By Pam Martens and Russ Martens: October 1, 2019 ~
Tom Mueller’s new book, Crisis of Conscience: Whistleblowing in an Age of Fraud is being released today by Riverhead Books, an imprint of Penguin Random House. It’s packed with seven years of research and inspiring personal interviews.
Despite its initially intimidating 600-page heft, it’s an enticing read as it connects the dots to how a country like the United States, founded on the premise of “equal justice under law,” as engraved on the front of the U.S. Supreme Court, has become a “banana republic” with only whistleblowers’ pockets stuffed with crinkled documents or secret tape recordings all that stand between resuscitating our democracy or a complete collapse into oligarchy.
Mueller builds an incontrovertible case that the United States has become a dystopian society where almost every government entity that a citizen would typically turn to for redress over a lawless act has been corrupted by greed, pay to play, revolving doors, political bribes, or self-dealing. Adding poignant authenticity to this premise, the book arrives at a time when the highest elected official (President Donald Trump) and the highest law enforcement officer (Attorney General William Barr) are under a serious House of Representatives inquiry based on documents provided by a whistleblower.
Many of the courageous whistleblowers who experienced hardships and made great personal sacrifices to expose insidious corruption within the leadership of Wall Street’s top cop, the Securities and Exchange Commission, make an appearance in Mueller’s book. Those include SEC attorneys Gary Aguirre, Darcy Flynn, and James Kidney. Dick Bowen’s whistleblowing role at Citigroup is also insightfully covered.
But this is not a book just about the insidious, serial, criminal enterprises on Wall Street, where the Justice Department prosecutes the low-hanging fruit while leaving the top bank executives unharmed. This book shows that from our appellate court judges to the executive suites of our largest corporations to the U.S. Attorney General’s office, fraud is now being rationalized as simply part of the profit-seeking business model.
To experience the full power of Mueller’s book, we recommend reading the Epilogue first. We are particularly partial to this passage:
“When Americans encounter such behavior in foreign lands, most call it corruption. When they see fabulously wealthy foreigners assuming state powers to enrich themselves and their inner circle, placing their offspring in positions of unwarranted authority, they brand these people oligarchs or dictators, and their children princelings. Yet in Trump’s America – in our America over the last quarter century – this same behavior has routinely been justified with pragmatic talk of free markets, deregulation, costs and benefits, and of running government like a business. We’ve dubbed our homegrown oligarchs billionaires, and now name buildings and libraries after them, let them secrete their wealth in offshore tax havens, allow them to pay politicians unlimited funds to buy access and push through the fiscal ‘reforms’ and government downsizing they cherish, to buy sports teams for which they build new stadiums with taxpayer money, complete with sky boxes from which they can look down upon the taxpaying multitudes. And many of us revere these homegrown oligarchs as paragons of the American Dream.”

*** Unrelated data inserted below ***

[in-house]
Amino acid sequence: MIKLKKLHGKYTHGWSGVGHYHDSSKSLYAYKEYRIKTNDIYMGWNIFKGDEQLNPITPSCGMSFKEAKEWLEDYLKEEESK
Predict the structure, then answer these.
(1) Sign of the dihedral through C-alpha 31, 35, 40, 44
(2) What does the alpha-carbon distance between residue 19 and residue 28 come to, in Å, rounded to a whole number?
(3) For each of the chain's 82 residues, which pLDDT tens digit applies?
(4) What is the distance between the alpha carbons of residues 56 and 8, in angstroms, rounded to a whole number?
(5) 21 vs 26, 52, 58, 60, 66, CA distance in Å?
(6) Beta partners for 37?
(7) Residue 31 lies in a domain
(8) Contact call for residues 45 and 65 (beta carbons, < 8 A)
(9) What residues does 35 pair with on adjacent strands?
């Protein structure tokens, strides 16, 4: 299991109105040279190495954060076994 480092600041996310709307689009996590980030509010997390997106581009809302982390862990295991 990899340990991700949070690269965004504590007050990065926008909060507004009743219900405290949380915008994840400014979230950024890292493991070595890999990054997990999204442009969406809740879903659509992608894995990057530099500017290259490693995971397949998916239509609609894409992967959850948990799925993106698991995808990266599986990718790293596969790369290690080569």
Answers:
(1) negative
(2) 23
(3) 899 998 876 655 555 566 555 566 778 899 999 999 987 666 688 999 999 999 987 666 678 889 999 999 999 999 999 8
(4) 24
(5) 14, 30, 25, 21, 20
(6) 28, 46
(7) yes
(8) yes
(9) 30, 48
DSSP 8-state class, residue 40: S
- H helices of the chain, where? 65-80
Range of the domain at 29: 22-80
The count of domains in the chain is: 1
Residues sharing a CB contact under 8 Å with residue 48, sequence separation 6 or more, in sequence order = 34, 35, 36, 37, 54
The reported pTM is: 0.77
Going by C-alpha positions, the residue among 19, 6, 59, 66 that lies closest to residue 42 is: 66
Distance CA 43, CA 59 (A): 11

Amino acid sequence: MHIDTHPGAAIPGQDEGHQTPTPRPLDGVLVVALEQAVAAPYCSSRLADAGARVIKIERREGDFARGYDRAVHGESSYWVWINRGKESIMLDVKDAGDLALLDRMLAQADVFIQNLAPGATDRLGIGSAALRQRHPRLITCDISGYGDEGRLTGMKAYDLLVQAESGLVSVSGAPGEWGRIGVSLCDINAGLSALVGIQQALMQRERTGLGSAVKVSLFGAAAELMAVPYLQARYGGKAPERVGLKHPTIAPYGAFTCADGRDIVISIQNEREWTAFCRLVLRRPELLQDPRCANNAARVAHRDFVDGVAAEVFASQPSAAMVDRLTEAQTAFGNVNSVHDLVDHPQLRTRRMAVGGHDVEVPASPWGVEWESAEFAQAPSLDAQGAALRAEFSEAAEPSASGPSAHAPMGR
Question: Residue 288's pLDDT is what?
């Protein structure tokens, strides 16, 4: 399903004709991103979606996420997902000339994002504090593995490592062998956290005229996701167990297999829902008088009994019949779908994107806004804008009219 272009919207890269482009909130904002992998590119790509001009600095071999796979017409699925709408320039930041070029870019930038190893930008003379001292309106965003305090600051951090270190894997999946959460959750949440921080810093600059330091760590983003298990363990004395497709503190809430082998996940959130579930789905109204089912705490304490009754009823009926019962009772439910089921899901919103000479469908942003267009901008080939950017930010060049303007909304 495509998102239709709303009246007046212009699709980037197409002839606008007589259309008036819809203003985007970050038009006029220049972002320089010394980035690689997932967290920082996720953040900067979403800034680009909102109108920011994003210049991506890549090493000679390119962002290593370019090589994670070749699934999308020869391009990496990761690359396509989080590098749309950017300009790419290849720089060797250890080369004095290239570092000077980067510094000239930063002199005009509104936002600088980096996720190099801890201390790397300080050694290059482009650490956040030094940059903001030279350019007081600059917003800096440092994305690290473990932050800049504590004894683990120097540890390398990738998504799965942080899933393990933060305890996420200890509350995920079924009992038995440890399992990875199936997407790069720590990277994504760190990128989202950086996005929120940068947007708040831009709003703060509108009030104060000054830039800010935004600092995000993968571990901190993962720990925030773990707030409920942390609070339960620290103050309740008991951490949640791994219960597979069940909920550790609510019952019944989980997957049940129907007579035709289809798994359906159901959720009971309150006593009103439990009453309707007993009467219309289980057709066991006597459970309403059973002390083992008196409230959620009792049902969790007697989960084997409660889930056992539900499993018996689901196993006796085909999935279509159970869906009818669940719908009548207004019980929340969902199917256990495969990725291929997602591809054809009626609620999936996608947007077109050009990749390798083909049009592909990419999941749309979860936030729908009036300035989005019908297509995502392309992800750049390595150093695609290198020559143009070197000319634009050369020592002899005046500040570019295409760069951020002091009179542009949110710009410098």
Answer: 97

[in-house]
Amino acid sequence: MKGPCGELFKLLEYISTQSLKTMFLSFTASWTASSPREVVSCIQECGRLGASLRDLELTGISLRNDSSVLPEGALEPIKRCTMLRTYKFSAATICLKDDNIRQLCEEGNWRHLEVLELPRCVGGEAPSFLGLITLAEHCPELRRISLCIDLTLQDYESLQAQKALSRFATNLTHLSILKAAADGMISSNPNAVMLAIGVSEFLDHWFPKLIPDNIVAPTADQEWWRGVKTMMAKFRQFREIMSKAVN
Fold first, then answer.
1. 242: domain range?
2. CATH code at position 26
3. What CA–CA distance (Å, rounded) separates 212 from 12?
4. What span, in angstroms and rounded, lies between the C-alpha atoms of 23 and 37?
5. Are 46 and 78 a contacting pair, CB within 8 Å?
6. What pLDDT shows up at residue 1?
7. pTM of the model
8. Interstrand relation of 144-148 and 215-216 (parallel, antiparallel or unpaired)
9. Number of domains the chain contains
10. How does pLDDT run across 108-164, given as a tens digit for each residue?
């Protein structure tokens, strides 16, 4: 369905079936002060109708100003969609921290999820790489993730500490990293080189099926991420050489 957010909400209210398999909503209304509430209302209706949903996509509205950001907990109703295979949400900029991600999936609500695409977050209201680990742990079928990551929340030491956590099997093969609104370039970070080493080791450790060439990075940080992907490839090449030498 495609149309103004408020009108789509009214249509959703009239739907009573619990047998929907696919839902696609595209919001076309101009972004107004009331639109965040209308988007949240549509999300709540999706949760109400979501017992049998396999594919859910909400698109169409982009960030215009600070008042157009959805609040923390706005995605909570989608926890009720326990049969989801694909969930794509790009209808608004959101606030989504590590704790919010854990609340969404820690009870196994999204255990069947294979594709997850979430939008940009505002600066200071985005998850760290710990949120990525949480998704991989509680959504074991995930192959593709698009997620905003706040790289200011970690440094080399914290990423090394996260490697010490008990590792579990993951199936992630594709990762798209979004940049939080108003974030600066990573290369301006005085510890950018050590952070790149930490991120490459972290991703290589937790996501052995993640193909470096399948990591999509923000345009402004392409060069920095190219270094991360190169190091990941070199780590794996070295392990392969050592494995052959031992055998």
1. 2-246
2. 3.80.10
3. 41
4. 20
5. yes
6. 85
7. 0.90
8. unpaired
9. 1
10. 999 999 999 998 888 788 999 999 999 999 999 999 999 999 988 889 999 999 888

Like Wall Street On Parade, Mueller is honest about the indisputable fact that this unprecedented level of corruption has been sustained under both Democratic and Republican administrations. Elsewhere in the Epilogue Mueller writes:
“Bill Clinton, the beneficiary of a booming economy, traded the historic Democratic voter base, the working middle classes, for the Wall Street financial class. George W. Bush seized on the nation’s disorientation and moral numbness after 9/11 to bypass the traditional channels and conventions of government, embracing illegal wars, torture, assassination, kidnapping and domestic spying as tools of state, and allowing contractors to construct a parasitic shadow government whose unprecedented war profiteering and gross corruption it became unpatriotic, even treasonous, to challenge.”
And then there is Barack Obama, whose presidency mainstream media is rarely inclined to question. Not Mueller. He correctly notes this:
“The control of wealth over politics has grown increasingly naked and unapologetic. Even self-described liberal politicians no longer trouble to disguise their ties of cash, friendship and common worldview with the barons of finance. Barack Obama matter-of-factly took his largest campaign contributions from Wall Street, and chose Wall Street bankers and lawyers to re-regulate the industry after 2008, with the predictable result that nothing changed. Now, in retirement, he accepts $400,000 speaking fees from Wall Street banks and kite surfs with billionaires, bounties that smack of payment for services rendered.”
As Americans witnessed firsthand in 2008 in the greatest financial collapse since the Great Depression of the 1930s, this level of unbridled and government-sanctioned/administered corruption produces apocalyptic economic outcomes.
The U.S. central bank, the Federal Reserve, has also fallen into the hands of the oligarchs (a/k/a billionaires) as evidenced by the $100 billion a day it is funneling to unnamed Wall Street banks with no questions being asked by Congress.
Every engaged American who genuinely cares about the country they will be leaving to their children and grandchildren should buy Mueller’s book and read it carefully, along with Nomi Prins’ Collusion: How Central Bankers Rigged the World. Knowledge is power and when every other avenue of redress has a road block in front of it, immerse yourself in knowledge. Power will follow.